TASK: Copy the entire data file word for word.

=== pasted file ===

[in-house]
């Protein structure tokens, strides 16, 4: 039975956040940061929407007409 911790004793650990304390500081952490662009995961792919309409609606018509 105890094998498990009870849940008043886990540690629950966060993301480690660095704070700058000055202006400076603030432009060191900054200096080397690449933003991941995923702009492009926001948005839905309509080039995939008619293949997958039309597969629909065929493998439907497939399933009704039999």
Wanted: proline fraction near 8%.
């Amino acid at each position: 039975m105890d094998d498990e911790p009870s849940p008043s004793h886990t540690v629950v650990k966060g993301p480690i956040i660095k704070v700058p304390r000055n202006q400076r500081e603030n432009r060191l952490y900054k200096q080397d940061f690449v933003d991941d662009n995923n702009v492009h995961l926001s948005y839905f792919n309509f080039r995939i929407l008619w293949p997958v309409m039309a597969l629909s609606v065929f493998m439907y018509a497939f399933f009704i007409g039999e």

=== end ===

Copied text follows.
[in-house]
């Protein structure tokens, strides 16, 4: 039975956040940061929407007409 911790004793650990304390500081952490662009995961792919309409609606018509 105890094998498990009870849940008043886990540690629950966060993301480690660095704070700058000055202006400076603030432009060191900054200096080397690449933003991941995923702009492009926001948005839905309509080039995939008619293949997958039309597969629909065929493998439907497939399933009704039999």
Wanted: proline fraction near 8%.
């Amino acid at each position: 039975m105890d094998d498990e911790p009870s849940p008043s004793h886990t540690v629950v650990k966060g993301p480690i956040i660095k704070v700058p304390r000055n202006q400076r500081e603030n432009r060191l952490y900054k200096q080397d940061f690449v933003d991941d662009n995923n702009v492009h995961l926001s948005y839905f792919n309509f080039r995939i929407l008619w293949p997958v309409m039309a597969l629909s609606v065929f493998m439907y018509a497939f399933f009704i007409g039999e």